“A favorite author for me then and still today is the great Shel Silverstein. His books were just magical to me. My favorite is ‘The Giving Tree.’ Even today, the simple words of that book used so uniquely by Mr. Silverstein remind me of the importance of generosity, trust, and doing what is right in regard to your fellow man.”

Among her other favorite books are “The Bluest Eye” by Toni Morrison, “To Kill a Mockingbird” by Harper Lee, and “I Know Why the Caged Bird Sings” by Maya Angelou.

Adams recalled that her Girl Scout troop leader, the late Bernice Kidd, was her mentor and one of the many people who taught the value of service.

“When I started in the Brownie troop, she was teaching us about service and giving back to the community,” Adams said. “I learned many good characteristics through my affiliation with scouting, and those were certainly reinforced by the teachings of my parents.”

She was also in the marching band and symphonic band, playing the saxophone, and part of the Winter Guard as a flag twirler. She played the piano, too, both at school in church, where she also served as a junior usher, sang in the choir, and was a part of the Sunbeams and the Red Circle, service organizations that helped to reinforce character building while teaching Bible lessons and encouraging good study habits.

In high school, Adams was president of the Student Government Association (SGA), elected Miss Winterboro High School, and selected as valedictorian. After graduating in 1984, Adams attended the University of Montevallo on a Presidential Scholarship, which is awarded to students who do exceptionally well in school and have high test scores.

Attending Montevallo was one of the best decisions she could have made, Adams said: “It’s a great school that offers a wonderful liberal arts education. I met lifelong friends there.”

While at Montevallo, Adams had a double major: management and marketing. She initially thought she wanted to study law but realized during her freshman year that it was not her passion.

“My passion was more around strategy and leading people or projects,” she said. “I did pretty well with my dual major, and I enjoyed it.”

Career Woman

After graduating from Montevallo in 1988, Adams entered a master’s degree program at Temple University in Philadelphia, Pennsylvania, and embarked on a career as a management trainee for AmSouth Bank. She stayed in Philadelphia for

about six months before moving to Birmingham, Alabama, where she enrolled at Samford University, pursued her master’s degree, and continued working for AmSouth. Adams earned her Master of Business Administration (MBA) degree from Samford in 1991 and was recruited by BellSouth, which eventually merged with AT&T.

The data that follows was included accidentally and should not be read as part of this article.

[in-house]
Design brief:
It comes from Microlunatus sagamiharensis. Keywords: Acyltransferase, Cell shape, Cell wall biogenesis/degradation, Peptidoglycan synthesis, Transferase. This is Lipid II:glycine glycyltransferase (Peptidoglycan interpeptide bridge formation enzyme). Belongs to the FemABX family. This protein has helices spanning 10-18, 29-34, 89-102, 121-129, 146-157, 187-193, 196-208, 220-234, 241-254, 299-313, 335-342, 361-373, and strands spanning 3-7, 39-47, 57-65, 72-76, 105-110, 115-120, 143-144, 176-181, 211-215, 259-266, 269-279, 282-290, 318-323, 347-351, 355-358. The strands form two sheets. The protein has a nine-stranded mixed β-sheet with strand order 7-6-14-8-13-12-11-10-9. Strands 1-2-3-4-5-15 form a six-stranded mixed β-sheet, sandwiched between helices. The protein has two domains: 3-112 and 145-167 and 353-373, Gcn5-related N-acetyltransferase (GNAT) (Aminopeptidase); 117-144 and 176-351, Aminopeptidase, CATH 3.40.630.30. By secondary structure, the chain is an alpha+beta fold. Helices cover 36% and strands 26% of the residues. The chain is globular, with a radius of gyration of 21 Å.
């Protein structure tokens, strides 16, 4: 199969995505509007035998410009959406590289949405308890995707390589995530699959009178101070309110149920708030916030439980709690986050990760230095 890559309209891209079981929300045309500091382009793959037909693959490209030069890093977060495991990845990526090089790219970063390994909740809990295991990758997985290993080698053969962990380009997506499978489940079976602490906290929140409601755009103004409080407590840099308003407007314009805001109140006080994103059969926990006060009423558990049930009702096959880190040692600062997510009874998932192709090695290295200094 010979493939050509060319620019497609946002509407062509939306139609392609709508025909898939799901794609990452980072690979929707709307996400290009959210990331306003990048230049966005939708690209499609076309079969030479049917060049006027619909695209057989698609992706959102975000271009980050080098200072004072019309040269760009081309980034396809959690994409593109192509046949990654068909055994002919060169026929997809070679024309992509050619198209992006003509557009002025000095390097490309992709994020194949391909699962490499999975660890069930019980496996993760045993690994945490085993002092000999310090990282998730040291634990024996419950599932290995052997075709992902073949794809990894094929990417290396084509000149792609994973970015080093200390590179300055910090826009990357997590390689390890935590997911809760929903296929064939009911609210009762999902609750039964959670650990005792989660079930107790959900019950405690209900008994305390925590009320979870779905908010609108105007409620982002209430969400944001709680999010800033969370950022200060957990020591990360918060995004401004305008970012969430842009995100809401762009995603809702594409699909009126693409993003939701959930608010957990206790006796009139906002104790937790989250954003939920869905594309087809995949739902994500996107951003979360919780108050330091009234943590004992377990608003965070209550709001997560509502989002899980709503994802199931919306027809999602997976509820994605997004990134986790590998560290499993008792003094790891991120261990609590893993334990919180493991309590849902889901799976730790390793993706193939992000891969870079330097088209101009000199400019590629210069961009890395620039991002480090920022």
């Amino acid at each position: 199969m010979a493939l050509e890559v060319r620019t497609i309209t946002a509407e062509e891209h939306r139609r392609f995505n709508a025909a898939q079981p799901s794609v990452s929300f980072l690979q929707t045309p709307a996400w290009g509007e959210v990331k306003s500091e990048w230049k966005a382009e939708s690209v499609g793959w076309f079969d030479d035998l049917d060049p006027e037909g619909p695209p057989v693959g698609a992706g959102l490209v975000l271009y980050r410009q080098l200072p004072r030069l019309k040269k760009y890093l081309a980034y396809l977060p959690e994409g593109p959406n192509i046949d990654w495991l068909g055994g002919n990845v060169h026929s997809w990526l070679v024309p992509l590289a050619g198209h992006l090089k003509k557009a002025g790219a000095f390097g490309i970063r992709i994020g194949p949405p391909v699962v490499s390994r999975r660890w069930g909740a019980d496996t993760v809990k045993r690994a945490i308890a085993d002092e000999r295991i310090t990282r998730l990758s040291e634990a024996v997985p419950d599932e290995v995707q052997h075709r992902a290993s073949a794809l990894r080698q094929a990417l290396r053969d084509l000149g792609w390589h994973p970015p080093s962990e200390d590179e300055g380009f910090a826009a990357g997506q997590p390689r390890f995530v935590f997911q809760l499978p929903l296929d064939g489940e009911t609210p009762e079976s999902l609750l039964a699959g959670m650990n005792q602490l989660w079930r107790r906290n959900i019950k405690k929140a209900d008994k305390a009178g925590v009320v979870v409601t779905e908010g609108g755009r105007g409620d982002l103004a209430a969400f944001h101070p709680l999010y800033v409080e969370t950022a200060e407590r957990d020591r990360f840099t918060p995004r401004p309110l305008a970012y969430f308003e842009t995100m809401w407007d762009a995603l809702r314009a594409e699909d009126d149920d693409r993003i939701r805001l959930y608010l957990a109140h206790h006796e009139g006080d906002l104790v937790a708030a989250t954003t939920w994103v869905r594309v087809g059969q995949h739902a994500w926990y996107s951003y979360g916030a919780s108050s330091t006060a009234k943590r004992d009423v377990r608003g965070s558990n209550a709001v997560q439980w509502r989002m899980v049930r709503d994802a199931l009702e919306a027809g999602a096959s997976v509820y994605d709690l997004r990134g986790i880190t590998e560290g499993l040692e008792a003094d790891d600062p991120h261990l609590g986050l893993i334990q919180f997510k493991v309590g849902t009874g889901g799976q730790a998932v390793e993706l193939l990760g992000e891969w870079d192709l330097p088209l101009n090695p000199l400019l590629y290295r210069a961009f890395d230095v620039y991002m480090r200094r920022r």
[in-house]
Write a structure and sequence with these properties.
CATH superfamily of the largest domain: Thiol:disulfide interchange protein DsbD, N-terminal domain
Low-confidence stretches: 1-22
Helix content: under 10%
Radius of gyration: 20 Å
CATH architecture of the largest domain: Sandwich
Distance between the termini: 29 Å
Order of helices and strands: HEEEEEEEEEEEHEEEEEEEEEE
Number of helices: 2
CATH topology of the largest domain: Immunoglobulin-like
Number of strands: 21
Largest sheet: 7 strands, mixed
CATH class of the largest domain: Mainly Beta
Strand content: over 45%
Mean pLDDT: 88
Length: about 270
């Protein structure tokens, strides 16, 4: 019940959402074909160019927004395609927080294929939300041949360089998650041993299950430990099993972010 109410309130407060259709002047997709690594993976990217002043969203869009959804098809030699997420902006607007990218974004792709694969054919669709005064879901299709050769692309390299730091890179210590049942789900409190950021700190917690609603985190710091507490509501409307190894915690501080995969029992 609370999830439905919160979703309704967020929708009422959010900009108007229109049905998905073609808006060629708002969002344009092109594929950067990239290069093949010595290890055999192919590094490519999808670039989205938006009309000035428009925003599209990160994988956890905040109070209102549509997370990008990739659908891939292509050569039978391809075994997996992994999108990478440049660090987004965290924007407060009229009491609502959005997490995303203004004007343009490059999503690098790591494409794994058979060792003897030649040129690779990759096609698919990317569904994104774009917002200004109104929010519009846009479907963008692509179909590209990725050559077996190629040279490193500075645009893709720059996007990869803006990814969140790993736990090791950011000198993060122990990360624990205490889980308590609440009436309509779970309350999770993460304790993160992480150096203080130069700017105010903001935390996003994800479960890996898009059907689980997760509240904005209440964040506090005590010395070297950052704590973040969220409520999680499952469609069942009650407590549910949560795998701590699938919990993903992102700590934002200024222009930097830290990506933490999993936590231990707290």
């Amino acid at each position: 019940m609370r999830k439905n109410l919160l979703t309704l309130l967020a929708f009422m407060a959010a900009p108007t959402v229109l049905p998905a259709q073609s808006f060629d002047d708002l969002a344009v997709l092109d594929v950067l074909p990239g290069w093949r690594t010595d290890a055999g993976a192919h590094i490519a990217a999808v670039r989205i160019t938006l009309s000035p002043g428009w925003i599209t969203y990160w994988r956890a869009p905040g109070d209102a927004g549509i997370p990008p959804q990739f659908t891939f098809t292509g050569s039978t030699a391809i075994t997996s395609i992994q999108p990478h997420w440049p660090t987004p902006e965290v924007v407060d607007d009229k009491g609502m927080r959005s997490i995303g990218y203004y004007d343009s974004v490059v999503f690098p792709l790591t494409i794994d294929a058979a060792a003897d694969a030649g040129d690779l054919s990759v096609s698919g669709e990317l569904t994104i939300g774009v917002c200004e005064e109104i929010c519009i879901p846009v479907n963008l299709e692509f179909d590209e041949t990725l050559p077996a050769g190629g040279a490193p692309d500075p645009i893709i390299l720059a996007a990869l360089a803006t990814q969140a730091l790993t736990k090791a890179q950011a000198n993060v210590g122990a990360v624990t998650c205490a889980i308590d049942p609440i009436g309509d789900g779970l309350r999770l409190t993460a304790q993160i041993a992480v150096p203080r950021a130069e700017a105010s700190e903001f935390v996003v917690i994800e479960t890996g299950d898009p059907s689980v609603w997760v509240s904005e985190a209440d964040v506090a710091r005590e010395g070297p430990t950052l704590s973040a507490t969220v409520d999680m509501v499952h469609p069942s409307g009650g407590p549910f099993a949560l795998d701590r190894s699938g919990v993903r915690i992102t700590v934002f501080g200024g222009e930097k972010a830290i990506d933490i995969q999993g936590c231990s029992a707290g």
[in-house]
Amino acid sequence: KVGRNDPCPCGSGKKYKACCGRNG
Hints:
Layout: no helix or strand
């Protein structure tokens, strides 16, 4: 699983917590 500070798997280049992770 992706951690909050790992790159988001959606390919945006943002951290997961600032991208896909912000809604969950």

“Things were good. I was happy and doing well, then I got a call one day from the head of AT&T Alabama, a gentleman by the name of Tom Hamby. He called me up and said he wanted to talk to me about an opportunity,” Adams recalled, adding that Hamby was on the transition team for then Birmingham Mayor Larry Langford, who was looking for a director of economic development—and Adams took the opportunity.

While serving as director for the Office of Economic Development for the city of Birmingham, Adams worked with four different mayors, including Langford, Acting Mayors Carole Smitherman and Roderick Royal, and Mayor William Bell.

“I think everybody should work in the public arena because you gain a different type of appreciation for the men and women who are public servants by working in that space. I did that, and I would say it was one of the best moves I could have ever made.”

While working for the Bell administration, Adams was recruited by Renasant.

“I got a call from a gentleman with Renasant Bank, and he asked if I would serve on a community advisory board for the bank. I said, ‘I would love to!’ … That was really my introduction to Renasant,” she said.

Then one day, while on vacation with her husband, Adams got a call from Robin McGraw, the CEO of Renasant Bank.

“He wanted to talk with me about some things that were going on at Renasant,” Adams recalled. “I was perfectly content and happy and thought I was doing a pretty good job for the city, but I knew I wanted to get back into the corporate arena at some point.”

Adams has been with Renasant Bank since 2013.

Busy Days

She begins her day around 5 a.m., with exercise and meditation time and typically gets to the office around 7:30 a.m. on the days she goes into her downtown Birmingham office or her satellite office in Pelham. Due to the COVID-19 pandemic, she spends maybe two or three days a week at her satellite office.

A typical day includes at least three meetings—so it was impressive that she was generous enough to carve out two hours to meet with the Birmingham Times. When she gets to the office, she starts her workday by making a list. That’s where her little black book comes in; it’s where she writes down what she seeks to accomplish each day.

Most days for Adams end around 5:30 or 5:45 p.m. When she gets home, she cooks dinner, does some cleaning, and checks email to see what she didn’t get to during the day or what presentation or meeting she needs to prepare for.

Hobbies